Because of rising ocean temperatures, half of planet Earth’s coral reefs have perished. And even if nations succeeded in limiting global warming to 1.5 °C above 1990 levels, the target of the 2018 Paris agreement, 70–90% of reefs would be lost by mid-century, according to the Intergovernmental Panel on Climate Change. The discovery of “Super Reefs” may provide a way to reverse this trend.
Super Reefs are corals that thrive in the face of rising ocean temperatures. These reefs survive for various reasons. Some benefit from ocean currents that keep them especially cool, or provide them with a steady supply of nutrients that are typically destroyed by warming temperatures. But others are genetically adapted to live in higher temperatures. For example, the reefs near Palau Island survived major heatwaves in 1998 and 2010. However, the nearby barrier reef, where waters are cooler, saw 95% of the reef perish.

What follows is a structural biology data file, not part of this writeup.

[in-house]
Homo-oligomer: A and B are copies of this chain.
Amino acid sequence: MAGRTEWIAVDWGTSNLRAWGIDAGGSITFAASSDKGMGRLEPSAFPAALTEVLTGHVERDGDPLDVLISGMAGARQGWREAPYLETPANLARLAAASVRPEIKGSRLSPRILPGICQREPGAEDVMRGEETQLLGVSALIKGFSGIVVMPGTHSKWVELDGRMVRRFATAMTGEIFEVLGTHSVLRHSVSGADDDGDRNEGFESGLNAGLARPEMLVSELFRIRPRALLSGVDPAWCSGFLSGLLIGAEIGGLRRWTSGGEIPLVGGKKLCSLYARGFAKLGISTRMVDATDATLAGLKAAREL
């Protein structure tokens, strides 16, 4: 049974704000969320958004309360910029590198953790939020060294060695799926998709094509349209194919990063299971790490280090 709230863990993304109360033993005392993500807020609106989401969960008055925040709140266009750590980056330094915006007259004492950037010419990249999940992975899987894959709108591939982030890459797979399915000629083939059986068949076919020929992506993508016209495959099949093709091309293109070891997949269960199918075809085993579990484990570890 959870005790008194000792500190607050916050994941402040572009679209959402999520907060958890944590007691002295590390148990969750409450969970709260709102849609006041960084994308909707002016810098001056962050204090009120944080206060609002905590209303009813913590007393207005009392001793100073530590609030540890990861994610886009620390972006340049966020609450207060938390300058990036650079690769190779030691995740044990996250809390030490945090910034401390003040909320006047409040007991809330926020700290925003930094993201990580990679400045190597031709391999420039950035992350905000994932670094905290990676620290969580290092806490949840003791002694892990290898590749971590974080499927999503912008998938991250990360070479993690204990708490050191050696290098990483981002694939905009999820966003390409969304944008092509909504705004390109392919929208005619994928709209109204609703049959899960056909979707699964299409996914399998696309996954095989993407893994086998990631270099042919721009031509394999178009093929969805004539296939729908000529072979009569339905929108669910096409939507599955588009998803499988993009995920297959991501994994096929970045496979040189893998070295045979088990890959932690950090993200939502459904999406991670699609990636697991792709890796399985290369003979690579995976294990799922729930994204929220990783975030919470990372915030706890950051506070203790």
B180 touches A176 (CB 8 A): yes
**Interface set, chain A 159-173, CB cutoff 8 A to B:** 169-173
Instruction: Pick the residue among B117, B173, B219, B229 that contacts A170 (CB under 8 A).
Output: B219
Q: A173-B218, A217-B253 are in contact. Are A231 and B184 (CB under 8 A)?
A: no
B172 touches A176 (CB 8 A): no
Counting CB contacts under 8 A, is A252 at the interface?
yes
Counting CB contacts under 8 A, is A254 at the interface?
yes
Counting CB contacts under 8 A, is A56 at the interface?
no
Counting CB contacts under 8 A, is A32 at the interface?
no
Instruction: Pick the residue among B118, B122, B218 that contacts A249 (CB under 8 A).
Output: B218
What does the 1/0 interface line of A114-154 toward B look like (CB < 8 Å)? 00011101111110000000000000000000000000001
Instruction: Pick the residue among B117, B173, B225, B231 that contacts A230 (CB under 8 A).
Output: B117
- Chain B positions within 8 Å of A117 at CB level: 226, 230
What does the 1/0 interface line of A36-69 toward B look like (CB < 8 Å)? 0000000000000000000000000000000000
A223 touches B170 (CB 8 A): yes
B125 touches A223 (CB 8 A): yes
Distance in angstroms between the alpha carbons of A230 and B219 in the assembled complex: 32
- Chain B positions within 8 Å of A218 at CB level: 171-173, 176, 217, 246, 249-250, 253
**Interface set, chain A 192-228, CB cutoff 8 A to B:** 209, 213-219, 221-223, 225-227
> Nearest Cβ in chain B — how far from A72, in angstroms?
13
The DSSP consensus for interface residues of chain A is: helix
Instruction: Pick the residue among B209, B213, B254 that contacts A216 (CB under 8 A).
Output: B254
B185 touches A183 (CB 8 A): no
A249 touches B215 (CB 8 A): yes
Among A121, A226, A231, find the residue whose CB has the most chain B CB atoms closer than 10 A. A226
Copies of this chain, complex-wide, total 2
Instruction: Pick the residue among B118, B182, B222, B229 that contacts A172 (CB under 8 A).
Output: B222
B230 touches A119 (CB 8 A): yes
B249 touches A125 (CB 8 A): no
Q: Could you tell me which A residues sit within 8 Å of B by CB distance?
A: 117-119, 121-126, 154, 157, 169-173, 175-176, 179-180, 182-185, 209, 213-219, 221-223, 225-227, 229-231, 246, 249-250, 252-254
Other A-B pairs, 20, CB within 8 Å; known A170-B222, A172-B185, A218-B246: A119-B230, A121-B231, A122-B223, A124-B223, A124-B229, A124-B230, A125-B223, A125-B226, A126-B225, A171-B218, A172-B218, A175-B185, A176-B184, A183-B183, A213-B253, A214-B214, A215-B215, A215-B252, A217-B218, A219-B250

AVDF grantees are among the leading scientists seeking to address coral reef loss and the potential role of Super Reefs in reversing that loss. Their efforts have recently been recognized in an article on super reefs in National Geographic.
The article specifically discusses the work of grantees Anne Cohen from the Woods Hole Oceanographic Institute (WHOI), Sylvia Earle from Mission Blue, and Erinn Muller from Mote Marine Laboratory.
In addition, Dr. Cohen was named one of the top 15 coral reef researchers in the world by ECO magazine. AVDF is proud to support the cutting-edge work of these scientists and their organizations.Back to all Stories